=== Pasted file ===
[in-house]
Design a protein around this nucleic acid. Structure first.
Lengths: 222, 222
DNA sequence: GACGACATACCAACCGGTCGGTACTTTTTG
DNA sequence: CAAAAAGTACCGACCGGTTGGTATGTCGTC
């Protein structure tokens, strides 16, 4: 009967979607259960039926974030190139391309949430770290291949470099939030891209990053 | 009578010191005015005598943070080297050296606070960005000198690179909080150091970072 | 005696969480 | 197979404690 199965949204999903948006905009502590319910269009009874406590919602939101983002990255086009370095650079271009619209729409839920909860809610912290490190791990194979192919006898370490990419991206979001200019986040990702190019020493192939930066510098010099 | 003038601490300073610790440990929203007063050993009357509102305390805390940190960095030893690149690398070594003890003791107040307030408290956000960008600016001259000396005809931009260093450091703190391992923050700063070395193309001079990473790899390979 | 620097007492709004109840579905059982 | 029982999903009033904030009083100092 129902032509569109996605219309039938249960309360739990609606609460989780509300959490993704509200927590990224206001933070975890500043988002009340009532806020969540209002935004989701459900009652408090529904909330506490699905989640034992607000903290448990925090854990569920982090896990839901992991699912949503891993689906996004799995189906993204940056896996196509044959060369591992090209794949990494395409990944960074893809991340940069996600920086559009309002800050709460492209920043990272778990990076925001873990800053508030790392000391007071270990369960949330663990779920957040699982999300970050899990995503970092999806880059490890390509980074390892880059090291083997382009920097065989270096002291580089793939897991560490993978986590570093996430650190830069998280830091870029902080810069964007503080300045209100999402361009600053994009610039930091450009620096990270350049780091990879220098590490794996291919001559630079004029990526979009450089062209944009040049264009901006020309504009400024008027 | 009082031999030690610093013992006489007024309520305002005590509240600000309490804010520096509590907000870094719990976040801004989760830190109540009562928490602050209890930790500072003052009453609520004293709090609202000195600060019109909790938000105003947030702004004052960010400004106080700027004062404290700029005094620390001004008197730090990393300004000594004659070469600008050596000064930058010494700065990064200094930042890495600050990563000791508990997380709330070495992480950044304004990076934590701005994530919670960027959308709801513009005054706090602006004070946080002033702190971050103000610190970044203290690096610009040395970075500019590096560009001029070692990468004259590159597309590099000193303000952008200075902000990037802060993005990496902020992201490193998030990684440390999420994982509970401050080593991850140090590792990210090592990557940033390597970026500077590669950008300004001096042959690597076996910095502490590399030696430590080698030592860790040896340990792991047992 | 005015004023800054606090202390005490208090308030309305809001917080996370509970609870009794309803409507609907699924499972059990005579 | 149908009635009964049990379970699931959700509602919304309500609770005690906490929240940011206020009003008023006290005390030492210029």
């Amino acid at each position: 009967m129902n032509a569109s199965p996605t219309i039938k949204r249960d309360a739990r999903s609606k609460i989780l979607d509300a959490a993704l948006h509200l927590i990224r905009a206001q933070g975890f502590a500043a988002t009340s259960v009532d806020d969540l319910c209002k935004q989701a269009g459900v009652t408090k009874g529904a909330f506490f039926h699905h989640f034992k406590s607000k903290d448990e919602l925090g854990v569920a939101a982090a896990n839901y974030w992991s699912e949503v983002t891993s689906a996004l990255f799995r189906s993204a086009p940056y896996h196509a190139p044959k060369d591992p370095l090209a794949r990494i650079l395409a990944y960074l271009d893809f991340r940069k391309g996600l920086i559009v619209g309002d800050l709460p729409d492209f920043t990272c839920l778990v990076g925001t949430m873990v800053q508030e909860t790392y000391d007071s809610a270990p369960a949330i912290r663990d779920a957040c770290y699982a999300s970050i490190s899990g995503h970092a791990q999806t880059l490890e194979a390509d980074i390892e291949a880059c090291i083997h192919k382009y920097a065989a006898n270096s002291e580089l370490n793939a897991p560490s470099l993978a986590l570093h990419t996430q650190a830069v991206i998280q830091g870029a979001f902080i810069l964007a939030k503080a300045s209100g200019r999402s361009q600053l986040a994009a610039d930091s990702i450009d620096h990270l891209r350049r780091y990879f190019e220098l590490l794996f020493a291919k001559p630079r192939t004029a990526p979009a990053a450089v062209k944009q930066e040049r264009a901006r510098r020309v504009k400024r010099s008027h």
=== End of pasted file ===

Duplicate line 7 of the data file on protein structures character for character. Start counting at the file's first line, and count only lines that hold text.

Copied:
């Amino acid at each position: 009967m129902n032509a569109s199965p996605t219309i039938k949204r249960d309360a739990r999903s609606k609460i989780l979607d509300a959490a993704l948006h509200l927590i990224r905009a206001q933070g975890f502590a500043a988002t009340s259960v009532d806020d969540l319910c209002k935004q989701a269009g459900v009652t408090k009874g529904a909330f506490f039926h699905h989640f034992k406590s607000k903290d448990e919602l925090g854990v569920a939101a982090a896990n839901y974030w992991s699912e949503v983002t891993s689906a996004l990255f799995r189906s993204a086009p940056y896996h196509a190139p044959k060369d591992p370095l090209a794949r990494i650079l395409a990944y960074l271009d893809f991340r940069k391309g996600l920086i559009v619209g309002d800050l709460p729409d492209f920043t990272c839920l778990v990076g925001t949430m873990v800053q508030e909860t790392y000391d007071s809610a270990p369960a949330i912290r663990d779920a957040c770290y699982a999300s970050i490190s899990g995503h970092a791990q999806t880059l490890e194979a390509d980074i390892e291949a880059c090291i083997h192919k382009y920097a065989a006898n270096s002291e580089l370490n793939a897991p560490s470099l993978a986590l570093h990419t996430q650190a830069v991206i998280q830091g870029a979001f902080i810069l964007a939030k503080a300045s209100g200019r999402s361009q600053l986040a994009a610039d930091s990702i450009d620096h990270l891209r350049r780091y990879f190019e220098l590490l794996f020493a291919k001559p630079r192939t004029a990526p979009a990053a450089v062209k944009q930066e040049r264009a901006r510098r020309v504009k400024r010099s008027h």